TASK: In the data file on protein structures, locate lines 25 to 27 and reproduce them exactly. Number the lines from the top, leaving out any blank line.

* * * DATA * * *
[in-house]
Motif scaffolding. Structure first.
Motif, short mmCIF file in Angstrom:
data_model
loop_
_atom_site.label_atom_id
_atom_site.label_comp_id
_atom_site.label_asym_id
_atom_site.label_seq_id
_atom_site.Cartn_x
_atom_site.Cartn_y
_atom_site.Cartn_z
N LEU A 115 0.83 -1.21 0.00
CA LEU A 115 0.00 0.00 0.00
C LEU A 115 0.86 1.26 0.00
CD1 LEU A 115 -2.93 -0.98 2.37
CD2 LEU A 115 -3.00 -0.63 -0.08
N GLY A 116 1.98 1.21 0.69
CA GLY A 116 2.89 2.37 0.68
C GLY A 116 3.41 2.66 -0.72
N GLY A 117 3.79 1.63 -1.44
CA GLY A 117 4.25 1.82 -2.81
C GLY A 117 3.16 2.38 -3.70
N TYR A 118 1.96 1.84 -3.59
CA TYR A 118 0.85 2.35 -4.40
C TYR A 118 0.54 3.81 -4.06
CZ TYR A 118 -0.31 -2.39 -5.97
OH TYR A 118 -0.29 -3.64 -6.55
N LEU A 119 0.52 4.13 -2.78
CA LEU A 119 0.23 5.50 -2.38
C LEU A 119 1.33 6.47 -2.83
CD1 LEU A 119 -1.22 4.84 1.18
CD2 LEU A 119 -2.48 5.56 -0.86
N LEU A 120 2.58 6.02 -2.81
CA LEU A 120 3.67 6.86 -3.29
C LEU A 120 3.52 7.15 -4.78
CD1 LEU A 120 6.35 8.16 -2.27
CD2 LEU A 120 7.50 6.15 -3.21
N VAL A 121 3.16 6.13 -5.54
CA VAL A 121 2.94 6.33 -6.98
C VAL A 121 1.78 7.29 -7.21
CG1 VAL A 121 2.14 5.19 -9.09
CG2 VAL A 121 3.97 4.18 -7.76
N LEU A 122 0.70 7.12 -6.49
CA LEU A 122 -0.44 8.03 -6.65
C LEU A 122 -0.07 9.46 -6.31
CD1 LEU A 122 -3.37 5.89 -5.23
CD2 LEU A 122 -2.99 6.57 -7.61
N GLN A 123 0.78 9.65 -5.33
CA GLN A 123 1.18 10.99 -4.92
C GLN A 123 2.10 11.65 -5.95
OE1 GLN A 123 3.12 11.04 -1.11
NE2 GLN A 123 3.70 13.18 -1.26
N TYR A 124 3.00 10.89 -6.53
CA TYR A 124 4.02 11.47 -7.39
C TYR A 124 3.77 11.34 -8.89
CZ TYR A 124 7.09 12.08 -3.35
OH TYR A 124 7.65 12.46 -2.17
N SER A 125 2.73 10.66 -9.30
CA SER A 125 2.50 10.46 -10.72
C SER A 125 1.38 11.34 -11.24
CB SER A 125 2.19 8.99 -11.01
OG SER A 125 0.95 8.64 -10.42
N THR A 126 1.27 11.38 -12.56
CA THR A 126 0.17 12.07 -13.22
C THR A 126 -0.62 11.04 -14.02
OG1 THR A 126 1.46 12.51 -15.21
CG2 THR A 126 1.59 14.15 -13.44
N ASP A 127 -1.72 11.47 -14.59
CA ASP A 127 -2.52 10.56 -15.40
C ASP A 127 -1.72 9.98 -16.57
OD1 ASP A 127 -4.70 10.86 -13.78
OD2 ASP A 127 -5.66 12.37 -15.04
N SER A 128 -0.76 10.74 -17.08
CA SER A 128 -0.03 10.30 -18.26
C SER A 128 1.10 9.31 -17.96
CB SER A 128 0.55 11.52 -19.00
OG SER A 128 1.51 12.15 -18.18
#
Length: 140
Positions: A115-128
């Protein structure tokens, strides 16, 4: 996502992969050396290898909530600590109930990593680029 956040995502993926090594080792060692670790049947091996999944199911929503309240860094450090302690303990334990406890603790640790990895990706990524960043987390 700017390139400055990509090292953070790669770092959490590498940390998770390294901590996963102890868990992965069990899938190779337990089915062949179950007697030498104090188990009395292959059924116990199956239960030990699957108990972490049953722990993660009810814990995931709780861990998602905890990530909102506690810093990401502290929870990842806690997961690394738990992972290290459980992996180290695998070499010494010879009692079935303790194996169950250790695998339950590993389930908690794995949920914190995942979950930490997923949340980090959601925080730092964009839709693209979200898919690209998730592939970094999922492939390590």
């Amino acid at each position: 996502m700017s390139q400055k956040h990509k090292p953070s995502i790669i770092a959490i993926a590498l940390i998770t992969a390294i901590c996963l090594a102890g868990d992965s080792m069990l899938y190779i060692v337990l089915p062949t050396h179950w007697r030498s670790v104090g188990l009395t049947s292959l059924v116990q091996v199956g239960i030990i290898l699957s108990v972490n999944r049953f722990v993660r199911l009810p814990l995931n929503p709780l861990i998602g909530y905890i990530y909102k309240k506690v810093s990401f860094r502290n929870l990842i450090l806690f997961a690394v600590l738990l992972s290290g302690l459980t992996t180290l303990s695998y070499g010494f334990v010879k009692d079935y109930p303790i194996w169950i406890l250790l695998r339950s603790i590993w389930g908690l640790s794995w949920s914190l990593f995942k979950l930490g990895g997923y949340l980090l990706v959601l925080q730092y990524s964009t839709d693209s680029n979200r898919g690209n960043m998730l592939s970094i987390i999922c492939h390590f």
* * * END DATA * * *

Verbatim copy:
CA TYR A 118 0.85 2.35 -4.40
C TYR A 118 0.54 3.81 -4.06
CZ TYR A 118 -0.31 -2.39 -5.97